Can you believe we paired this with a Rosé from Geneva?
That’s so Swiss

To be fair, the ingredients did last us until dinner on Sunday – so that’s two dinners and breakfast/lunch in between. And with that knowledge, this was definitely waaay less expensive than it would have been to go out for Mexican here. But more on that later, as I plan to expand on my thoughts about Mexican food in Zurich in a post once I have a chance to do some more investigating.


Aaaannd in other news…

My husband decided to open a bottle of wine tonight – MacGruber style. The rosé last night was a screw top, you see. But tonight with our leftover Mexican, he wanted a red.

So, ok, we had forgotten to pack a corkscrew in our luggage. Whoops.  Especially since we made a point before we packed that we needed to remember this due to the, oh I don’t know, 10 or so corkscrews that we had just lying around the house. Many due to instances such as this, where we fail to bring one traveling and then find ourselves once again buying a new one.

And because Mr. Goat is, well, also known as Mr. Practical, he decided that we didn’t need to buy another corkscrew – even after he came home with half a dozen bottles of Swiss wine one day. No, no, no, you don’t need a corkscrew to open a bottle of wine, he insisted. Even if it is just 5 francs. It’s the principal of the thing.

He spent some time researching how to open a bottle caveman style.

Oh yeah, stabbing the cork ought to do the trick!

Oh yeah, stabbing the cork ought to do the trick!

Then he decided he knew how it was done.

haha, my wife has NO idea what's coming! Look at her, standing so close.

haha, my wife has NO idea what’s coming!

The result?

Oh yes, I'd like some more cork with my wine please

Oh yes, I’d like some more cork with my wine please

I was ready to capture the moment, but when it happened, it caught me so much by surprise that I was left wiping red wine off of my camera phone (among other things). The bottle exploded all over our kitchen – floor, cabinets, counter, you name it. And my shirt got the worst of it. So, you know, I went around the rest of the night topless.  To which my husband responded, “Mission Accomplished.”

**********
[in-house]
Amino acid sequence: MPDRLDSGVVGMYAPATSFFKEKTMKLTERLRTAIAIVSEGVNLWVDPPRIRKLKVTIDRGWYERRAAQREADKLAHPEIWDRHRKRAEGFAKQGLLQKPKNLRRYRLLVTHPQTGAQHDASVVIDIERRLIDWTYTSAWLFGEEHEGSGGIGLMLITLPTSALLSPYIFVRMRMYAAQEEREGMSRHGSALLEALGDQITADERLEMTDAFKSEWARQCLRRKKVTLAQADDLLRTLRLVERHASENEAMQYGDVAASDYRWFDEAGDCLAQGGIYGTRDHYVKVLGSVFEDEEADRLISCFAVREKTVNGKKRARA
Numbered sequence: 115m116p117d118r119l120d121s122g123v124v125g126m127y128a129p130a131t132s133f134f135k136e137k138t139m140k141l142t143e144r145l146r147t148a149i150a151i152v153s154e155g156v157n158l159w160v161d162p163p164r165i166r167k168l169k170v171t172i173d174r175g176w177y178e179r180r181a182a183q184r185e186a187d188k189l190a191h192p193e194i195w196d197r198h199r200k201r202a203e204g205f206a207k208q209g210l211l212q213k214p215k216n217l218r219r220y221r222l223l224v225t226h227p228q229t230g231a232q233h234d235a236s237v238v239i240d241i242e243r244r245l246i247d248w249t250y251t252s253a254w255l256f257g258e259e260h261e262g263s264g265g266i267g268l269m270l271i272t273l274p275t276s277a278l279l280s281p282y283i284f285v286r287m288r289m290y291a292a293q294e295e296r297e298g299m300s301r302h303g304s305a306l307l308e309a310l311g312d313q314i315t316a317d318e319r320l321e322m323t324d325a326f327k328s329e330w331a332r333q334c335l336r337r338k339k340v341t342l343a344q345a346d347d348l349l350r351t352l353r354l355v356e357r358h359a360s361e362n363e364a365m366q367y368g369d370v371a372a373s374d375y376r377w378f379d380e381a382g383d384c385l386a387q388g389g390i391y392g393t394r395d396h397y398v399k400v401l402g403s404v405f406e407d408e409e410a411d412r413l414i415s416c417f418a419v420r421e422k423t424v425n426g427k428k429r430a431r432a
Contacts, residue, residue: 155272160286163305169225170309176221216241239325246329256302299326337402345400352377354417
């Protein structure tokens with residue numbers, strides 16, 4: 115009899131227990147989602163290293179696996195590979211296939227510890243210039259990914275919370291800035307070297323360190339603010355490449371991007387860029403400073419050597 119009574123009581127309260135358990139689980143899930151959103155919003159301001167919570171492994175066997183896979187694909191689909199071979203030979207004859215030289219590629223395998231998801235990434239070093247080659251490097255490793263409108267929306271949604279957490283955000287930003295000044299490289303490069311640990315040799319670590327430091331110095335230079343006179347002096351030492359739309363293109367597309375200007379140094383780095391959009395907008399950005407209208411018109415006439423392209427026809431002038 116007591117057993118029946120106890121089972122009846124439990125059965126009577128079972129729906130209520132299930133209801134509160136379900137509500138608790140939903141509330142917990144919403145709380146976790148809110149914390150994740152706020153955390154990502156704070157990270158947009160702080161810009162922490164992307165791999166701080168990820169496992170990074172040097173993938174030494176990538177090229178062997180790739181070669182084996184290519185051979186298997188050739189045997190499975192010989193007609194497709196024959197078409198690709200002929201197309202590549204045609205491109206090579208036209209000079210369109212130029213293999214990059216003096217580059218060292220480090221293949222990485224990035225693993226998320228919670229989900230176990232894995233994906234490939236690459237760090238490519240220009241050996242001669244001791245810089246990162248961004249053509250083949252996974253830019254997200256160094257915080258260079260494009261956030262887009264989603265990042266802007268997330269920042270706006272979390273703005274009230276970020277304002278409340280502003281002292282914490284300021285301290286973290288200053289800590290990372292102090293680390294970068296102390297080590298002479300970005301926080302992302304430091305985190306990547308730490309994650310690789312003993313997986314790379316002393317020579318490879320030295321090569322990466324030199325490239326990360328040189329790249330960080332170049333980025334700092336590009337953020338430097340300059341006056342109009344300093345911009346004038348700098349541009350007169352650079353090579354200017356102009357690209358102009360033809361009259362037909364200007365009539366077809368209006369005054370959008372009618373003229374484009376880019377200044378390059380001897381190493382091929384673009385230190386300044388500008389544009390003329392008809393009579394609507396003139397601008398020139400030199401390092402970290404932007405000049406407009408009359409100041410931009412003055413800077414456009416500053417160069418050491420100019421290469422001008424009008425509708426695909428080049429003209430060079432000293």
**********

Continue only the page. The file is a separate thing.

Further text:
Snowmen are Meant to be Burned

April 16, 2013

Much to my delight, it appears that we timed our arrival in Zurich with a traditional holiday called Sechseläuten where they burn a Böögg to signify the ending of winter and coming of summer. So yesterday, Mr. Goat (having received half the day off) and I went to enjoy the festivities.

We first visited the Lindenhof where there were tents set up with vendors selling sausages, spaetzle, cheese, wine and beer. We got a sausage, a spaetzle dish with beef and applesauce, and a couple beers. The Schützengarten St. Galler Landbier was on special for 5.50 francs due to the canton St. Gallen hosting the event (every year, they switch cantons) so that’s what I chose. I must say, based on my first impression of Swiss beer last summer, I did not have high hopes for this beer, however was pleasantly surprised. A golden color, quite foamy, and not nearly as watery as I was expecting. Overall, very drinkable (though those at would disagree with me it seems). The unfortunate news is that Mr. Goat says this beer will be nearly impossible to find in stores, like most good beer (or any, for that matter). 😦